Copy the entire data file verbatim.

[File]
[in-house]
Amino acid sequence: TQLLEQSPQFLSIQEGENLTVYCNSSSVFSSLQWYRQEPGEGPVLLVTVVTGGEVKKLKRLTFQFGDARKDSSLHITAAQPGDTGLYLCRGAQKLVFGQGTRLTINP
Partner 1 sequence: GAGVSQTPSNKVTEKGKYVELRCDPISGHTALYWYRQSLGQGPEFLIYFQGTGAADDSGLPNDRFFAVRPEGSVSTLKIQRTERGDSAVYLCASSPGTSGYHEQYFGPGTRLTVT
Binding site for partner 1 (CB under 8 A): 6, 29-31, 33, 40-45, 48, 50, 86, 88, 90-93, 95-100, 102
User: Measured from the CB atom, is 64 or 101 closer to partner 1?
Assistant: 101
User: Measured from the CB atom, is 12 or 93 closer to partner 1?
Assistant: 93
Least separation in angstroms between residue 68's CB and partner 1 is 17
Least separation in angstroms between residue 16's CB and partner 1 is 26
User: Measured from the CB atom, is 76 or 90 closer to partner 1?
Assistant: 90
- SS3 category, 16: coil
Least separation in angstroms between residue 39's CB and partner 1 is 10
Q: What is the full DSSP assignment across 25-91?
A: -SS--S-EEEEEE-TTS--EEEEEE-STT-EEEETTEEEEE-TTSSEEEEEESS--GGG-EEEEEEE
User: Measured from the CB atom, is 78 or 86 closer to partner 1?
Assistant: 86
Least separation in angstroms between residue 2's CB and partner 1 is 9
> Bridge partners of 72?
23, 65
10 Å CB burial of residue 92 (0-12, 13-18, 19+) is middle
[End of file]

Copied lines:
[in-house]
Amino acid sequence: TQLLEQSPQFLSIQEGENLTVYCNSSSVFSSLQWYRQEPGEGPVLLVTVVTGGEVKKLKRLTFQFGDARKDSSLHITAAQPGDTGLYLCRGAQKLVFGQGTRLTINP
Partner 1 sequence: GAGVSQTPSNKVTEKGKYVELRCDPISGHTALYWYRQSLGQGPEFLIYFQGTGAADDSGLPNDRFFAVRPEGSVSTLKIQRTERGDSAVYLCASSPGTSGYHEQYFGPGTRLTVT
Binding site for partner 1 (CB under 8 A): 6, 29-31, 33, 40-45, 48, 50, 86, 88, 90-93, 95-100, 102
User: Measured from the CB atom, is 64 or 101 closer to partner 1?
Assistant: 101
User: Measured from the CB atom, is 12 or 93 closer to partner 1?
Assistant: 93
Least separation in angstroms between residue 68's CB and partner 1 is 17
Least separation in angstroms between residue 16's CB and partner 1 is 26
User: Measured from the CB atom, is 76 or 90 closer to partner 1?
Assistant: 90
- SS3 category, 16: coil
Least separation in angstroms between residue 39's CB and partner 1 is 10
Q: What is the full DSSP assignment across 25-91?
A: -SS--S-EEEEEE-TTS--EEEEEE-STT-EEEETTEEEEE-TTSSEEEEEESS--GGG-EEEEEEE
User: Measured from the CB atom, is 78 or 86 closer to partner 1?
Assistant: 86
Least separation in angstroms between residue 2's CB and partner 1 is 9
> Bridge partners of 72?
23, 65
10 Å CB burial of residue 92 (0-12, 13-18, 19+) is middle